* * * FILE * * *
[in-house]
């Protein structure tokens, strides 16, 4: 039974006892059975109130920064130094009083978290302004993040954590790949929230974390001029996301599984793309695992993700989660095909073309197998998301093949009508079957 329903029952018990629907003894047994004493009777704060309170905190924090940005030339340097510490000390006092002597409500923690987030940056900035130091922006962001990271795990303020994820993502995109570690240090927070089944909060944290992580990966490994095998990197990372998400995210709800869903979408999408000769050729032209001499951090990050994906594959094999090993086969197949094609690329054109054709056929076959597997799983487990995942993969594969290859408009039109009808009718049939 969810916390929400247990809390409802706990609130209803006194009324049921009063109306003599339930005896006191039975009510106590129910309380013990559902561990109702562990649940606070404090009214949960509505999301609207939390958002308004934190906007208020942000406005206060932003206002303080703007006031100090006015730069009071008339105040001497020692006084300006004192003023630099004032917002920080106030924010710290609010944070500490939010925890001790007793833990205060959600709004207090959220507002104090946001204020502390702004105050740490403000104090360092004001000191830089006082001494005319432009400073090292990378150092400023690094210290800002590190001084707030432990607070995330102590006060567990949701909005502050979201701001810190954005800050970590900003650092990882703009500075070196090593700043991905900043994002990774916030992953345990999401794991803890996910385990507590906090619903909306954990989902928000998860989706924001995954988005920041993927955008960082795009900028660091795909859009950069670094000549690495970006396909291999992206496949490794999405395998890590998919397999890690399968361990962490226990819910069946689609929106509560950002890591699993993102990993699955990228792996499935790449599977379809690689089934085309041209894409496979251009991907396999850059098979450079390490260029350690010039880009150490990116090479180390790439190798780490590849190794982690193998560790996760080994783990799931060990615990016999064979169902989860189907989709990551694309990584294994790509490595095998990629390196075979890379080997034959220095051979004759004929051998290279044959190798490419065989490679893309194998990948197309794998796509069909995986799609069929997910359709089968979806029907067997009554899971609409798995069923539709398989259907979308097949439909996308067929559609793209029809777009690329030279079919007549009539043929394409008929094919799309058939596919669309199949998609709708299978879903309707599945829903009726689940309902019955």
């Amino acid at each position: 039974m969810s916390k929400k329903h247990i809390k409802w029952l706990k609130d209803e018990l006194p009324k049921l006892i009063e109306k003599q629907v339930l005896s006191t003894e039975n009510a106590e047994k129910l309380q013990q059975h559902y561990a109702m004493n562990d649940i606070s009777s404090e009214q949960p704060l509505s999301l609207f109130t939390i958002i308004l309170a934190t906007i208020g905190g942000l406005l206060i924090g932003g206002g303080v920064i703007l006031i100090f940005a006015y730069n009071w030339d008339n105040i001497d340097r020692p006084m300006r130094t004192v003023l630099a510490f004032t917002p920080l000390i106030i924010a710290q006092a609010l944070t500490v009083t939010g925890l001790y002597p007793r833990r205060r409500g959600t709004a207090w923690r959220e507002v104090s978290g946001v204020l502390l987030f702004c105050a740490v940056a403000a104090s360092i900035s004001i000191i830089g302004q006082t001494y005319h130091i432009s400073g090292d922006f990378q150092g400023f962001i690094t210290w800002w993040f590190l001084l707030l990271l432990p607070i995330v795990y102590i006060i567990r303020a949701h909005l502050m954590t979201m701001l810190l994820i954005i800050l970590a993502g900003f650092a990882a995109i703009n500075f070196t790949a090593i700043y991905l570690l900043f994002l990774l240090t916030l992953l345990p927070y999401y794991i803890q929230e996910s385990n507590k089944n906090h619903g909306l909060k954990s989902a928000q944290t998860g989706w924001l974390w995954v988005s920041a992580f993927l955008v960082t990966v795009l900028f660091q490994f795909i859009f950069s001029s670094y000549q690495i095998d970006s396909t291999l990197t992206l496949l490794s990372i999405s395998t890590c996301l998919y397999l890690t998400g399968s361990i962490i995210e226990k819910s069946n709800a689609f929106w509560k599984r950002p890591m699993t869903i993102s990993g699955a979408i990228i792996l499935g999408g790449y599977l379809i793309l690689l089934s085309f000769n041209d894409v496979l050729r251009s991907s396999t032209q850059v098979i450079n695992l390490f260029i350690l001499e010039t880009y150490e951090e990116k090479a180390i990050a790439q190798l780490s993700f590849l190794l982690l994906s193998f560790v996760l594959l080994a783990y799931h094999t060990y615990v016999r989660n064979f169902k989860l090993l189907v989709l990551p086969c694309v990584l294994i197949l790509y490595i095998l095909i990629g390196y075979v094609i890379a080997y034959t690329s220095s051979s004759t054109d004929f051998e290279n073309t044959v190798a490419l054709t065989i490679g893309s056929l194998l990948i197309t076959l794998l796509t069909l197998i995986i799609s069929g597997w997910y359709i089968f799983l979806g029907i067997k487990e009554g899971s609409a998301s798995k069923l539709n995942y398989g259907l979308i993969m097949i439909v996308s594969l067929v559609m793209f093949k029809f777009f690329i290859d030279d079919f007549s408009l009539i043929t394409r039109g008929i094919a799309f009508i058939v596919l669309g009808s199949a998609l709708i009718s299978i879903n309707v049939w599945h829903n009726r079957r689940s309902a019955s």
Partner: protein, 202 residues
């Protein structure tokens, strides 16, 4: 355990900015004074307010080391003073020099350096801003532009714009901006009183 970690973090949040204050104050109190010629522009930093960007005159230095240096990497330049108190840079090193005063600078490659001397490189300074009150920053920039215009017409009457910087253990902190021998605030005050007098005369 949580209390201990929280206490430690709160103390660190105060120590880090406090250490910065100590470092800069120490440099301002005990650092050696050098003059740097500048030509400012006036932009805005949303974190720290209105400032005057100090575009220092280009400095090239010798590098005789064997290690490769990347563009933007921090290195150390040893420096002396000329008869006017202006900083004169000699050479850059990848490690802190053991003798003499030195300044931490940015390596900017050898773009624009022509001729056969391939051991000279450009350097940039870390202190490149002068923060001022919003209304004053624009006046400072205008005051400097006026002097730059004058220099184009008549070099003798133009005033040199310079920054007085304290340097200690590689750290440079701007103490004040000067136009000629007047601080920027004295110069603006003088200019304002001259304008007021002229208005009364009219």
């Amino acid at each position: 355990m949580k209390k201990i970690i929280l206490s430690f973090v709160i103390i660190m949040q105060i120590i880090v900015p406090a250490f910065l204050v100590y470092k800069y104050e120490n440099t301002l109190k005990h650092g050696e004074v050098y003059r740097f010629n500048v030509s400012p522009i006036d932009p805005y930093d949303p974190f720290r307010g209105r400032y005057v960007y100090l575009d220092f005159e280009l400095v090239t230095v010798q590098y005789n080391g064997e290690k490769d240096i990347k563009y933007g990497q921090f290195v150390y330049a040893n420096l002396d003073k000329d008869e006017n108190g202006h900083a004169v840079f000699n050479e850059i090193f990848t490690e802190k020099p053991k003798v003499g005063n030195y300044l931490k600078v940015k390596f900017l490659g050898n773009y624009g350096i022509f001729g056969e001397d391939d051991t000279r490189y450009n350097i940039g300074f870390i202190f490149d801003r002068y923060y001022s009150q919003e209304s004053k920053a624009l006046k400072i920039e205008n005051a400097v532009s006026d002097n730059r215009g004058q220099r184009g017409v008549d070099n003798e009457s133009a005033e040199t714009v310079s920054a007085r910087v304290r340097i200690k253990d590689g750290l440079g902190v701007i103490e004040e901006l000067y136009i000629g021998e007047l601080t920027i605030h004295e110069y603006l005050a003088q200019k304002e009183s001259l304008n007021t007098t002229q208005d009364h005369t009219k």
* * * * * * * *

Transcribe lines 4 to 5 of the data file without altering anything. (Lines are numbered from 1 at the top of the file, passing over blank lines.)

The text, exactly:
Partner: protein, 202 residues
């Protein structure tokens, strides 16, 4: 355990900015004074307010080391003073020099350096801003532009714009901006009183 970690973090949040204050104050109190010629522009930093960007005159230095240096990497330049108190840079090193005063600078490659001397490189300074009150920053920039215009017409009457910087253990902190021998605030005050007098005369 949580209390201990929280206490430690709160103390660190105060120590880090406090250490910065100590470092800069120490440099301002005990650092050696050098003059740097500048030509400012006036932009805005949303974190720290209105400032005057100090575009220092280009400095090239010798590098005789064997290690490769990347563009933007921090290195150390040893420096002396000329008869006017202006900083004169000699050479850059990848490690802190053991003798003499030195300044931490940015390596900017050898773009624009022509001729056969391939051991000279450009350097940039870390202190490149002068923060001022919003209304004053624009006046400072205008005051400097006026002097730059004058220099184009008549070099003798133009005033040199310079920054007085304290340097200690590689750290440079701007103490004040000067136009000629007047601080920027004295110069603006003088200019304002001259304008007021002229208005009364009219």